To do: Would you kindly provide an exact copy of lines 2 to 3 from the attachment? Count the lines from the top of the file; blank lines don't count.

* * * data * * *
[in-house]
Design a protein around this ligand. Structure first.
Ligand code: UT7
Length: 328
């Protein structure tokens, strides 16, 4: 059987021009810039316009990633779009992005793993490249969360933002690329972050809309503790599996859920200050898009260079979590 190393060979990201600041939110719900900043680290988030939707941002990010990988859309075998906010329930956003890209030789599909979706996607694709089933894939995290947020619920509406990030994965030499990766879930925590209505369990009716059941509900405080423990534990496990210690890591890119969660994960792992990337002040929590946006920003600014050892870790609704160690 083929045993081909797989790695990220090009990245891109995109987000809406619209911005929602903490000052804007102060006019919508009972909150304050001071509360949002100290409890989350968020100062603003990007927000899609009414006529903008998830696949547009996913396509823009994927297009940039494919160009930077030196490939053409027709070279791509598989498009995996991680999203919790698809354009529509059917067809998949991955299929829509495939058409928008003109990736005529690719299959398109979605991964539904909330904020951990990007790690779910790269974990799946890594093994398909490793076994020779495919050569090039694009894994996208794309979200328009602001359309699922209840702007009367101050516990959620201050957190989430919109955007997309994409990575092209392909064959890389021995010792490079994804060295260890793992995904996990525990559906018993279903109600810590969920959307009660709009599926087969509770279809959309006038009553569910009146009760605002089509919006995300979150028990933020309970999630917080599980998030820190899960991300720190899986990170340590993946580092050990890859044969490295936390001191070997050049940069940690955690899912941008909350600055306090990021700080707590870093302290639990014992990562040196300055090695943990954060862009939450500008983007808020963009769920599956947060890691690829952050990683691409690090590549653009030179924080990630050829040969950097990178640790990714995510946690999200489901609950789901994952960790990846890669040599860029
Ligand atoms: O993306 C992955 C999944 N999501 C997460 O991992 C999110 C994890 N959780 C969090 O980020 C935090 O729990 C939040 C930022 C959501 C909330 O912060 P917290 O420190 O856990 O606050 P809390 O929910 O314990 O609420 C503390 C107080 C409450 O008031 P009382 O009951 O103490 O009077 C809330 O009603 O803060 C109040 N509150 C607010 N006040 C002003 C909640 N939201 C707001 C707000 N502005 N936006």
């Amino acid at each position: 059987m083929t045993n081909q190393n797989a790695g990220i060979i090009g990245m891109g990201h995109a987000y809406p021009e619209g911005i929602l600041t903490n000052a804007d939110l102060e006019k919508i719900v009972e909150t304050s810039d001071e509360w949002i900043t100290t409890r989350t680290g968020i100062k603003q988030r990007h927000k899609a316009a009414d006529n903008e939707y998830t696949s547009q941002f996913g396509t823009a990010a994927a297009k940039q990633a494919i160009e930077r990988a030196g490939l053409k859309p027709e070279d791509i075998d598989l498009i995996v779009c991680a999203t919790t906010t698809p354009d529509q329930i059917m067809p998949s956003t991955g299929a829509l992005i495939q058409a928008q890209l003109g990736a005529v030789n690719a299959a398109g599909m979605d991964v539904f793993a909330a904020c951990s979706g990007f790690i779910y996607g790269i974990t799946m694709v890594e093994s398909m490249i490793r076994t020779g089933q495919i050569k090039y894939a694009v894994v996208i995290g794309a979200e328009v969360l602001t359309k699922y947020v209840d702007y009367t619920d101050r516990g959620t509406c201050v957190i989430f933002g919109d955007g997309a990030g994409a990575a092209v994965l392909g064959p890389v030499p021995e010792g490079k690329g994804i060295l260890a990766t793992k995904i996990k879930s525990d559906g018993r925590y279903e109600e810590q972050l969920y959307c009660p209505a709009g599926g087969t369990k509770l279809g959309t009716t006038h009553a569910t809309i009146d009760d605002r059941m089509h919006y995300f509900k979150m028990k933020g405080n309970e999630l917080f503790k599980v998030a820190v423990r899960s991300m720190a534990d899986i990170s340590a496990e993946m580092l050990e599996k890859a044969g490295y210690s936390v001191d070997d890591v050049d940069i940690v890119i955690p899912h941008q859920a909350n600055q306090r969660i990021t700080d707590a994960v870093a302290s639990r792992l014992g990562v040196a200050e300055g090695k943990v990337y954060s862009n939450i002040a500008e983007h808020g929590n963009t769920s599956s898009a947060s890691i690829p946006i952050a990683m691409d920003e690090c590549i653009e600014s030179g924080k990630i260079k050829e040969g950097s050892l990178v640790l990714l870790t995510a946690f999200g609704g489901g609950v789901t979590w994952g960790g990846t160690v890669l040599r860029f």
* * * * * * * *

Design a protein around this ligand. Structure first.
Ligand code: UT7